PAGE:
Stick to Rock and RollMarch 24, 2009
The CW’s Gossip Girl debuted in 2007 and has since become the network’s most-watched program, gaining its highest ratings only after the Parent’s Television Council deemed it “mind-blowingly inappropriate” and “very bad for you.” The show focuses on a fictional group of New York City’s most privileged 15–18 year olds, exposing a glamorous and dangerous world of sex, drugs, and revenge. The cast recently made the cover of the latest issue of Rolling Stone magazine.
While the television show is targeted at teenage girls and easily amused college students, Rolling Stone tends to attract a slightly older and generally male audience. So it seems problematic that when the cast arrived for their semi-nude photo shoot, they found a table full of toys and candy. Photographers felt they were playing off of the irony of the show: very adult and sexualized content placed in the catty, vindictive, and child-like setting of a Manhattan prep school.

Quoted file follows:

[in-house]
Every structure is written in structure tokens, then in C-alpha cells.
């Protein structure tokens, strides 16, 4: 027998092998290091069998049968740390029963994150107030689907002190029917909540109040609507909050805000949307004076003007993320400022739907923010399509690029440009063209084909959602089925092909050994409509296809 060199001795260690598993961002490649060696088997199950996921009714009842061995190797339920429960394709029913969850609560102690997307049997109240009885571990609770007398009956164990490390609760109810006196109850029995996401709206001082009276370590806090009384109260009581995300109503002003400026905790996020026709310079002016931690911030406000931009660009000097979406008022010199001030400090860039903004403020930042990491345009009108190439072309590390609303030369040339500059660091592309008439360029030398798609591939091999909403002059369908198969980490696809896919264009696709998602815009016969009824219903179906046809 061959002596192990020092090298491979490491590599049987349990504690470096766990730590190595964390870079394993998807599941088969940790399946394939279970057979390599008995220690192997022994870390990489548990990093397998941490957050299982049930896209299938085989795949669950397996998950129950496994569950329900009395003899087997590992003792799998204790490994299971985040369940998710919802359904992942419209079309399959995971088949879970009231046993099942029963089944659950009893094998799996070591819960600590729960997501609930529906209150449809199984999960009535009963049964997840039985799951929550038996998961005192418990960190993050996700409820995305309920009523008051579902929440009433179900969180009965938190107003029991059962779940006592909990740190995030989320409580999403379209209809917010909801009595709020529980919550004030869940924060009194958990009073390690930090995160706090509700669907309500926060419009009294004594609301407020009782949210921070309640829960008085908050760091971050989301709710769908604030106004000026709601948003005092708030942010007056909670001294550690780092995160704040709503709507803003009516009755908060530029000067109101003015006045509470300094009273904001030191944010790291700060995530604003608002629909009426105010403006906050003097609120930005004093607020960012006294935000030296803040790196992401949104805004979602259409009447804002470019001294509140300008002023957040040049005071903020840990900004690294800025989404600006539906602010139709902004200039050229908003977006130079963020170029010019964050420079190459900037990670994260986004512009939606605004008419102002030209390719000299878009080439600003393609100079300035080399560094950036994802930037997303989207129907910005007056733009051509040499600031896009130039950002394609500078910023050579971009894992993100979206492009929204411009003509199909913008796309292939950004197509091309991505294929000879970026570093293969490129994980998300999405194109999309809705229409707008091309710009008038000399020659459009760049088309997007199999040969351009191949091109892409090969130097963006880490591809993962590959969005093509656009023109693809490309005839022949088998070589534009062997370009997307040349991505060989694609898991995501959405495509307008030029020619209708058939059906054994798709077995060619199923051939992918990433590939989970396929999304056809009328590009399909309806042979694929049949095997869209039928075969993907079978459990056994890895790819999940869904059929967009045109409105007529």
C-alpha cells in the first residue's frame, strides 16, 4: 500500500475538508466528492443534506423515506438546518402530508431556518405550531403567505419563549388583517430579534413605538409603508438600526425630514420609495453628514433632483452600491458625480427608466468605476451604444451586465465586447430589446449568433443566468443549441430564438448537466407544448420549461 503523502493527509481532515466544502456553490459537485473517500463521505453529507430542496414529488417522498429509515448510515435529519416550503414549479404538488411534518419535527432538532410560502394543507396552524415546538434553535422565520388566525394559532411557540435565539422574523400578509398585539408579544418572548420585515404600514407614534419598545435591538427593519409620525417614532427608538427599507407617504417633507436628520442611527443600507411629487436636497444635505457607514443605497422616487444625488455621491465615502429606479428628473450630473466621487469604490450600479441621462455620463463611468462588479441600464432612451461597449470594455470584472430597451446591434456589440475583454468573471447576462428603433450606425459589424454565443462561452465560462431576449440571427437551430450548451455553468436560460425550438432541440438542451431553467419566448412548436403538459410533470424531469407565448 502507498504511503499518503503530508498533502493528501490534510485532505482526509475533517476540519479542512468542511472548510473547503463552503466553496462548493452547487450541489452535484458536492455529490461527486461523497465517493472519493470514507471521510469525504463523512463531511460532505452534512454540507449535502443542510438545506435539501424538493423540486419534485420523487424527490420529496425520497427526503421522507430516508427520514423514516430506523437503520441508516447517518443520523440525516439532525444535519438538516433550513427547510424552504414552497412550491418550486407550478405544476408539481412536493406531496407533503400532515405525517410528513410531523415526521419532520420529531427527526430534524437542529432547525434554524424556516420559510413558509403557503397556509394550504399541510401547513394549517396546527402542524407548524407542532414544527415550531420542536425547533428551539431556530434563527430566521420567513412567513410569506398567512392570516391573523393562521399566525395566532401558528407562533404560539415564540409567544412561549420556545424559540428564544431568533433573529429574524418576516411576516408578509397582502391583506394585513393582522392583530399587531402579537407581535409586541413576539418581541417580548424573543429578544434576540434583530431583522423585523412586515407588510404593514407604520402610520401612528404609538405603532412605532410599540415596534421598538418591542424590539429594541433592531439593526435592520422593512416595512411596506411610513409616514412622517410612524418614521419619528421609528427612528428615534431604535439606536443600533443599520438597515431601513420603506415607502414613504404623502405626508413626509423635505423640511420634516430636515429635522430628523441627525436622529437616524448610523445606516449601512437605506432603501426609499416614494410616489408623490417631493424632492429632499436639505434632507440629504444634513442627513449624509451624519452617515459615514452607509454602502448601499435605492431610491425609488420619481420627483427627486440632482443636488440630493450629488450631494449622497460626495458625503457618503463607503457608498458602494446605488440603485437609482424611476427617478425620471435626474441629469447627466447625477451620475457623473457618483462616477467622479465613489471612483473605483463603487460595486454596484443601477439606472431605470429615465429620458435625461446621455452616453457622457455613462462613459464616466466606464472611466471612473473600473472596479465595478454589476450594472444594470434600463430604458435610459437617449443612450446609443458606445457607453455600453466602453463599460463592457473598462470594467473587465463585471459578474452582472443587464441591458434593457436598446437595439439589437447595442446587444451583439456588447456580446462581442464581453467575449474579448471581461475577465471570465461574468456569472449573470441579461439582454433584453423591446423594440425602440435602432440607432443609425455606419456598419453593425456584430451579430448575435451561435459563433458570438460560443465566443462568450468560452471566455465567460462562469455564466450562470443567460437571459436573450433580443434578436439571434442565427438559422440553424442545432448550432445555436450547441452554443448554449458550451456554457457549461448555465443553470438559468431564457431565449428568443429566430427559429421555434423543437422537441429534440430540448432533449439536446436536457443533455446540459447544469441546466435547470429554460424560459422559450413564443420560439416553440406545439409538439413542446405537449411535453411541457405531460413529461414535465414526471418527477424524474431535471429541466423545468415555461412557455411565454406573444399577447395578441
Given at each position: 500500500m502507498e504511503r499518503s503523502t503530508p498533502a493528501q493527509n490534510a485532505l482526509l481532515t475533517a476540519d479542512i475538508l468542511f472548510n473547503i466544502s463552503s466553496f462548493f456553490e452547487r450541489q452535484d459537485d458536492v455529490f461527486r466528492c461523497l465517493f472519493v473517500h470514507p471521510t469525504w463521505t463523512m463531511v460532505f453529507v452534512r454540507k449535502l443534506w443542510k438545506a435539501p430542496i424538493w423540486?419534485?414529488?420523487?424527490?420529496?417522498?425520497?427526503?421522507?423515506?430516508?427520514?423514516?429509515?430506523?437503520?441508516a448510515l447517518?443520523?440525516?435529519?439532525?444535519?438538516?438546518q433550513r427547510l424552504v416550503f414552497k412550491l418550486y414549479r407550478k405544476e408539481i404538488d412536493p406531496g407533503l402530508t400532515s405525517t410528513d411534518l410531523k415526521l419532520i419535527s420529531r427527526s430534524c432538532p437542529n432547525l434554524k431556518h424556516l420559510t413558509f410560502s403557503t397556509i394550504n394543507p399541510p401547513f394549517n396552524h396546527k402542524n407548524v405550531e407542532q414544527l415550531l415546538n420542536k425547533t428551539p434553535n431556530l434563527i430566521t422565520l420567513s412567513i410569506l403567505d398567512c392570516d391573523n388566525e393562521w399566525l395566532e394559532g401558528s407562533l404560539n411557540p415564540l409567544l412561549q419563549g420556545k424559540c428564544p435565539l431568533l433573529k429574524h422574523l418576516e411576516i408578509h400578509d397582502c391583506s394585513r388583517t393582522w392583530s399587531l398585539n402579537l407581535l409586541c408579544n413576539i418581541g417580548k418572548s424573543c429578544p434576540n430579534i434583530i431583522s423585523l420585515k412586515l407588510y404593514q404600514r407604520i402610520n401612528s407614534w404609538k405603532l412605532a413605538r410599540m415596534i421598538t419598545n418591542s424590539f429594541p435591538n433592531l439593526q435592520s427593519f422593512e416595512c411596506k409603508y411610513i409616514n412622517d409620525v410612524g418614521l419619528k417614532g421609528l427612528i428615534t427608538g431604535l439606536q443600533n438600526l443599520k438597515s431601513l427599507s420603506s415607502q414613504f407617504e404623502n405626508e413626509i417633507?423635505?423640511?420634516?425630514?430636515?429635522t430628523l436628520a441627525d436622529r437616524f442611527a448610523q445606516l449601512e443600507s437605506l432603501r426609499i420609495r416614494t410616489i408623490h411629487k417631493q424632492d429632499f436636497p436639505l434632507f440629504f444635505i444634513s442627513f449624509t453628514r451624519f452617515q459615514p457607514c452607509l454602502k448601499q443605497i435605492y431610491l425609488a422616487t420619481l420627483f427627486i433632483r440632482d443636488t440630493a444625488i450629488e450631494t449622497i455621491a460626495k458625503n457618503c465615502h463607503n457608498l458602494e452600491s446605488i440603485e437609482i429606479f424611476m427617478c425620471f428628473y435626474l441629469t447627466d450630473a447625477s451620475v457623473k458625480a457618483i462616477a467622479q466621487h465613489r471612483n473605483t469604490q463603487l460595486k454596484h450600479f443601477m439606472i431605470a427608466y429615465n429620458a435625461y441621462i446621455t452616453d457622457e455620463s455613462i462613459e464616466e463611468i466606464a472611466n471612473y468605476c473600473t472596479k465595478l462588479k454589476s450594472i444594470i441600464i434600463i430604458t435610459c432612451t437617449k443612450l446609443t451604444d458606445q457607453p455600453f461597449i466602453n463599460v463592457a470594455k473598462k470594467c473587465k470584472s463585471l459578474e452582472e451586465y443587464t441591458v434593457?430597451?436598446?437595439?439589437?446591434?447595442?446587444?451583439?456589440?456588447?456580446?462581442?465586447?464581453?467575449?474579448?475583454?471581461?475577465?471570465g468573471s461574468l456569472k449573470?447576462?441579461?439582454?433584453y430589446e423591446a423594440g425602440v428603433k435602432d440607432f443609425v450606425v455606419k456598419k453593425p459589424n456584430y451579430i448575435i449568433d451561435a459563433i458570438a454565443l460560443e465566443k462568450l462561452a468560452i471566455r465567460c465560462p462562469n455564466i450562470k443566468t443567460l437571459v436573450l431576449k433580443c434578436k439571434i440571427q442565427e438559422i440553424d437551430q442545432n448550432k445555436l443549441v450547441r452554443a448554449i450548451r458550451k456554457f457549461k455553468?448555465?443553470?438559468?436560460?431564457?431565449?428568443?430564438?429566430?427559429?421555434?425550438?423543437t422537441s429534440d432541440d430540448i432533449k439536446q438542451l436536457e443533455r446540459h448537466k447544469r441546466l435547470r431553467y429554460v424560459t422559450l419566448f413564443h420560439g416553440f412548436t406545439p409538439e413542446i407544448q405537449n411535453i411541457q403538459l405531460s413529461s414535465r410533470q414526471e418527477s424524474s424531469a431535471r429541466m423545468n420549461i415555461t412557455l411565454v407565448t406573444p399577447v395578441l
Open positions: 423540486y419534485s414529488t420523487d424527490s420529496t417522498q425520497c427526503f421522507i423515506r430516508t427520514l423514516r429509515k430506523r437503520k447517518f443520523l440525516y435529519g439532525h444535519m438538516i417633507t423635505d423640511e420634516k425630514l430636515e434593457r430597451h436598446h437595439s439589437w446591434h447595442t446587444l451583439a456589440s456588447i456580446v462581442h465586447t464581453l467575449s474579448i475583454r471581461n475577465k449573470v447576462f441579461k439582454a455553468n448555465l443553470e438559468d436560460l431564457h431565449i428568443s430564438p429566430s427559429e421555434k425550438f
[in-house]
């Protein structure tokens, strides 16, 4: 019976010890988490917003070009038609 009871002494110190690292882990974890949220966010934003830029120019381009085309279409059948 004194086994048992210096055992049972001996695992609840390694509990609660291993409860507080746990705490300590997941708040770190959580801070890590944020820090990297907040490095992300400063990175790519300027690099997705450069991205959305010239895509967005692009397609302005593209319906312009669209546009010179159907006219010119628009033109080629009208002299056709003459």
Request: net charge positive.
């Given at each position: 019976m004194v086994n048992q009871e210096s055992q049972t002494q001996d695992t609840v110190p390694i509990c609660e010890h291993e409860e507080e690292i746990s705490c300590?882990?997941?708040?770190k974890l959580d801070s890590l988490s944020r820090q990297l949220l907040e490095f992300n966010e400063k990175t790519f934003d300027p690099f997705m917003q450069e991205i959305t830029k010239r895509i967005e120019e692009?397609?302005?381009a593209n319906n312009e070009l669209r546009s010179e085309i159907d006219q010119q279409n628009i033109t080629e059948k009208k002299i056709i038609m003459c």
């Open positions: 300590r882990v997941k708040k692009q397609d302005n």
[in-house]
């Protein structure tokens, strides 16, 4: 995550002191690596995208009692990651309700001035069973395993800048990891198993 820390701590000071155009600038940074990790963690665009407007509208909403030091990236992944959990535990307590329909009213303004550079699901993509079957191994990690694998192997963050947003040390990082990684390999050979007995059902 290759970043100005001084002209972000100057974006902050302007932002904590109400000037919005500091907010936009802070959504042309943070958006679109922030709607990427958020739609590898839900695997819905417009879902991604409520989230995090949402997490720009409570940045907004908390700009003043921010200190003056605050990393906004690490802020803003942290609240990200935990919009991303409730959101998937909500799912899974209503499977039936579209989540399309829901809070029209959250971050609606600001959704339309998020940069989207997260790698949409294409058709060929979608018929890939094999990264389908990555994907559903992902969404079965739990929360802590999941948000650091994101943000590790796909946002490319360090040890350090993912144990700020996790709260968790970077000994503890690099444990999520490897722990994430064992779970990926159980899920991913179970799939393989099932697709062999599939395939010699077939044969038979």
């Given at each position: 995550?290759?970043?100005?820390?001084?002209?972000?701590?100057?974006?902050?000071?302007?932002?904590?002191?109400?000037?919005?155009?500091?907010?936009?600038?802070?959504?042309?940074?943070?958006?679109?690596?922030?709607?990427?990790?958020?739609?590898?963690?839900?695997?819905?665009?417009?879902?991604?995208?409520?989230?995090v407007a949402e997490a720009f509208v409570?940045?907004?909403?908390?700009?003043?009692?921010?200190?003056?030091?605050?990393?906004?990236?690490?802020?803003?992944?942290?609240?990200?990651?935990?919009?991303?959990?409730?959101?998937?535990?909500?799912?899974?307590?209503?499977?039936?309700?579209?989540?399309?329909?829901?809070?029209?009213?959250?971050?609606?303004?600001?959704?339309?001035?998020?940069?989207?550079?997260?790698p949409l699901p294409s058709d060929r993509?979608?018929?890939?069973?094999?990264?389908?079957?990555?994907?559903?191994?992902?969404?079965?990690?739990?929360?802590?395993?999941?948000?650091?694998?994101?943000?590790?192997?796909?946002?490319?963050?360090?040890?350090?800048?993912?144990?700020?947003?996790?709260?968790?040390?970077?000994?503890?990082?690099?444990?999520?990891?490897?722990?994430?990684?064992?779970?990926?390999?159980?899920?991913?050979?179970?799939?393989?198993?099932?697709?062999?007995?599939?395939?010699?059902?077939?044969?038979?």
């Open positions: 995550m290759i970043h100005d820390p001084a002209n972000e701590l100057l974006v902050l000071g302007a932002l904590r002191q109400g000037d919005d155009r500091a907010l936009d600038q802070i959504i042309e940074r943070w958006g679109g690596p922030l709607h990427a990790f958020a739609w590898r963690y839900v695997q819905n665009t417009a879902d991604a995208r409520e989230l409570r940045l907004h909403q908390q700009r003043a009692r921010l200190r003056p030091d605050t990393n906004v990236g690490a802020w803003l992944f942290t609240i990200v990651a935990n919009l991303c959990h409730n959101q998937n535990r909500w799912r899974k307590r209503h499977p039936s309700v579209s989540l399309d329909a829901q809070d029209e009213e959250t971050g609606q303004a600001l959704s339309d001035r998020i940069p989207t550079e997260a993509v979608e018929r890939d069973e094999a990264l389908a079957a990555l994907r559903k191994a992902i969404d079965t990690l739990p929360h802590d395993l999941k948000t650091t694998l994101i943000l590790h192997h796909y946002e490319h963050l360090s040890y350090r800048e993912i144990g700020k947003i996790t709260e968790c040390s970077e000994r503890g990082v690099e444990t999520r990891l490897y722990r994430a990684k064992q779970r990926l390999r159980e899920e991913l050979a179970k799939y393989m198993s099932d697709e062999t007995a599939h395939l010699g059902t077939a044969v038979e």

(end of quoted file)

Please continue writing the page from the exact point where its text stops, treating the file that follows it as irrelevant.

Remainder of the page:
But the shots that made it to the cover and main story, in which the two female leads share an ice cream cone and a long piece of licorice rope, are an extreme sexualization of elements of childhood. The issue even features a tear-away cover with a second version of the ice cream photo behind it so that readers can easily remove the picture they want and hang it on their walls, a throw-back to teeny-bopper publications with pages and pages of pull-out posters of Justin Timberlake and Britney Spears.
Although the majority of the cast members range in age from 20–23, they play characters five years younger. Perhaps that’s one of the central issues: while we’d normally recognize the overt and exaggerated sexualization of college-age women in movies, magazines, and television programs, it’s their injection into a high-school setting, where students are presumed to be under-aged and therefore at least slightly more innocent, that raises some red flags. Or perhaps more disturbing is the use of little girls with candy and ice cream to entice 35-year-old men to buy magazines. At any rate, the magazine cover makes it more evident than ever that for a society that shuns and criminalizes child pornography and funds sting operations on child sex trafficking rings, we seem to be walking a fine line between exposing irony and normalizing the sexualization of minors. Maybe Rolling Stone should lay off of the sex and drugs and just stick to rock and roll.